10. Apart from writing, what else are you passionate about?

Film making in general. I love the entire production process.

11. You entered your screenplay via Film Freeway. What has been your experiences working with the submission platform site?

This is my first entry. It was easy to sign up and the fee was quite reasonable. Plus, I thought a table read prize was unique and fun!

12. What influenced you to enter the festival? What were your feelings on the initial feedback you received?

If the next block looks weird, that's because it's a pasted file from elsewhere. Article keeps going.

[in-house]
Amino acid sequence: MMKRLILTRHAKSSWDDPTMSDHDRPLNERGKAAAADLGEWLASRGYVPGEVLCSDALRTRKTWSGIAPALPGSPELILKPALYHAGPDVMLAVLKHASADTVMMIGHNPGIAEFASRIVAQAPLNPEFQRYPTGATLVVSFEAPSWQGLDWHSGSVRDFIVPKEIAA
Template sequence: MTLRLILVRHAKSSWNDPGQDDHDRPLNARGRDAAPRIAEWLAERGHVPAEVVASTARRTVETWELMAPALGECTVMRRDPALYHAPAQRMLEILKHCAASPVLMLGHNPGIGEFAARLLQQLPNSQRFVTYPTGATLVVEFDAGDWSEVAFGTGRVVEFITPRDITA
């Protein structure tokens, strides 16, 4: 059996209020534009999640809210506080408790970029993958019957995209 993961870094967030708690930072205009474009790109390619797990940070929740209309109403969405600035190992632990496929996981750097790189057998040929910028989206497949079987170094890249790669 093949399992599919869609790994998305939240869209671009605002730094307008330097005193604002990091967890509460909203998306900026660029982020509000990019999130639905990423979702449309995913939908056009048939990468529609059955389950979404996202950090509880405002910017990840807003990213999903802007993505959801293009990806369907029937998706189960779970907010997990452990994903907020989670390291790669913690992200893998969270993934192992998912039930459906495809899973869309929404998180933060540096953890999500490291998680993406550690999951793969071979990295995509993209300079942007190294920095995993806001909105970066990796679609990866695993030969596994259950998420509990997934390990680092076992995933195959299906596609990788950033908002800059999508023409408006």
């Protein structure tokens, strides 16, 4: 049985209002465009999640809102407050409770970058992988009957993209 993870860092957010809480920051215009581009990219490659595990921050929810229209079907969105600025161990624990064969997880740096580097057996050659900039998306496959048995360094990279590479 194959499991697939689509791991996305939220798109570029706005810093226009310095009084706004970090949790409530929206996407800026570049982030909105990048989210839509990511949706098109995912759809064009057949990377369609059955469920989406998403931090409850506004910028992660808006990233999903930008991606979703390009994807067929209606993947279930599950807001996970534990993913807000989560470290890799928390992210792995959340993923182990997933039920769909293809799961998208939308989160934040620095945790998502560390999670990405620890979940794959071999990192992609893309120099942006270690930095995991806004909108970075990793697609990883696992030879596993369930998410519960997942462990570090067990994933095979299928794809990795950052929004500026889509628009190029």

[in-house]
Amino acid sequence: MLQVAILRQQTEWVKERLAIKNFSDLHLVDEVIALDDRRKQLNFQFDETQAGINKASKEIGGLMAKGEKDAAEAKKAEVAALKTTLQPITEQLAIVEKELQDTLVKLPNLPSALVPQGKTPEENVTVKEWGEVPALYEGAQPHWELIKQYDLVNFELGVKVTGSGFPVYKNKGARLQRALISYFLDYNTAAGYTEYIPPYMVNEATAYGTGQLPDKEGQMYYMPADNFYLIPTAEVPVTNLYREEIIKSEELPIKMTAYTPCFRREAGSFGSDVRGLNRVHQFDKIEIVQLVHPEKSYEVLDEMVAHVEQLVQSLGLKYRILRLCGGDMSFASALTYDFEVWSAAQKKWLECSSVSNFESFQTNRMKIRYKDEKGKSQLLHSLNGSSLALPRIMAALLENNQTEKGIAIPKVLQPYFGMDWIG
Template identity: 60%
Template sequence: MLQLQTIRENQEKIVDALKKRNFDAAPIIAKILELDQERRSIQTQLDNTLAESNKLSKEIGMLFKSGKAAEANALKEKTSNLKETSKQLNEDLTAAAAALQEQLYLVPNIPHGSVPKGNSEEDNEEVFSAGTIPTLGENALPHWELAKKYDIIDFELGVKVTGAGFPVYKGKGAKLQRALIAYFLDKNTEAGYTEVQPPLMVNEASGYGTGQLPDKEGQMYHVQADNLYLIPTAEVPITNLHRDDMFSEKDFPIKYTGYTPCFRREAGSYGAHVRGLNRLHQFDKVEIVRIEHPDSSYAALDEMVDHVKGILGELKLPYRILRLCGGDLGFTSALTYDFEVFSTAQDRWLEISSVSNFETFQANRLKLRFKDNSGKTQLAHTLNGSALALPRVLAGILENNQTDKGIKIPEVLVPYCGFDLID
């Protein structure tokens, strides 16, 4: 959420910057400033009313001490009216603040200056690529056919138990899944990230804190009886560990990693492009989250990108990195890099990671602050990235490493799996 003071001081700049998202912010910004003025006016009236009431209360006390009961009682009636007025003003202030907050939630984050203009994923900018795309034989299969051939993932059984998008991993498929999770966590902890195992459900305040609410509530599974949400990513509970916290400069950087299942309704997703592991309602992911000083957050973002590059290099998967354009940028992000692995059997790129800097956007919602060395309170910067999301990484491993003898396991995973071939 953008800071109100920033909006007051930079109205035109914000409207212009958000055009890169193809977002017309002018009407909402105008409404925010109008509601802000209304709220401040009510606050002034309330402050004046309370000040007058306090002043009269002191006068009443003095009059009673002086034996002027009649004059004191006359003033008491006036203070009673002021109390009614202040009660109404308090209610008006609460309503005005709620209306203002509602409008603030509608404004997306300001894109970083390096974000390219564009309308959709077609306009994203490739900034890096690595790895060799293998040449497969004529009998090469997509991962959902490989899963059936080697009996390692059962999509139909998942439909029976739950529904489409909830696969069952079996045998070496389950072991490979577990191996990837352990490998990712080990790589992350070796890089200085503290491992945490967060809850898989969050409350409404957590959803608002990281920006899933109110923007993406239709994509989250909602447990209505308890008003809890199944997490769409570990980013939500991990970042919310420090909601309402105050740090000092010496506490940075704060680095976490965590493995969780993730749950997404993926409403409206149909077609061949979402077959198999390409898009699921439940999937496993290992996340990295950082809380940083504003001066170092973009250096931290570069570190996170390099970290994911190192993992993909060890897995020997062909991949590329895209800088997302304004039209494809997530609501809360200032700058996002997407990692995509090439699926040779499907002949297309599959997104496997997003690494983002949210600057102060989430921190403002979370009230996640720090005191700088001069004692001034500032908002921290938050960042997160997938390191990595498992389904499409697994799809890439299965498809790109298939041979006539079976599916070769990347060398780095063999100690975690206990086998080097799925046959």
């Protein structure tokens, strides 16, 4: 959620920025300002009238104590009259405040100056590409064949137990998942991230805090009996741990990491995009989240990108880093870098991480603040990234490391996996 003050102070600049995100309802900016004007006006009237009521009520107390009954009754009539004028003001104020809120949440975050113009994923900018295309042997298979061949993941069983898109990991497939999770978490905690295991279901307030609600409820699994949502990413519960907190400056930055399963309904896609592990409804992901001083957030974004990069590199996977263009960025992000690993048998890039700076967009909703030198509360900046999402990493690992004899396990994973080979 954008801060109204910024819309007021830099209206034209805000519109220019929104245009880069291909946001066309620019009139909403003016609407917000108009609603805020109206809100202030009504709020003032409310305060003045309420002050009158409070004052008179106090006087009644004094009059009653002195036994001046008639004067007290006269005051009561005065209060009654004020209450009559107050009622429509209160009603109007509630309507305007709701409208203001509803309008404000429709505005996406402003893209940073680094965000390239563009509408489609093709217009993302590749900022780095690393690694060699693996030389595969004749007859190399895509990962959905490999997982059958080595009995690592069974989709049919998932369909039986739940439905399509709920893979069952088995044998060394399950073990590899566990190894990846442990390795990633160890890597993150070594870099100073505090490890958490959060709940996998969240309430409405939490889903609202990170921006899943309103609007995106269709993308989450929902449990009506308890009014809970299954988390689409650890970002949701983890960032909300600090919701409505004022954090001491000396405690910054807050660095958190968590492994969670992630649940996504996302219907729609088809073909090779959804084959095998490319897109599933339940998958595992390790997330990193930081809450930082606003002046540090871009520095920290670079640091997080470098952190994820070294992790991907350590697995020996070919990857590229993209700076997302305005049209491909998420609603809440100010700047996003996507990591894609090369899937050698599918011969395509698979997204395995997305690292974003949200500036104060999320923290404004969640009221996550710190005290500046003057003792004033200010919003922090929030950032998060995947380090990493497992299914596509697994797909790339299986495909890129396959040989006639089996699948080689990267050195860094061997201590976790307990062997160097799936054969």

A) In conjunction with the online class I was taking it was listed as a competition site. It was at the same time I finished “Mistakes” that I saw it. I thought it was a terrific ‘preparation meets opportunity’ co-incidence and could not pass it up.

B) Actually, I thought the first winning notification I received was fake. I didn’t believe until the 2nd notice arrived and I clicked on the link and watched the video of the table read. Then I was thrilled and excited and ready to embrace the experience.

 

CAST LIST:

Narrator: Matt Barnes
Albert: Allan Michael Brunet
Stan: Jarrod Terrell

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Producer: Matthew Toffolo http://www.matthewtoffolo.com

Director: Kierston Drier

Casting Director: Sean Ballantyne

Editor: Kimberly Villarruel

Camera Op: Mary Cox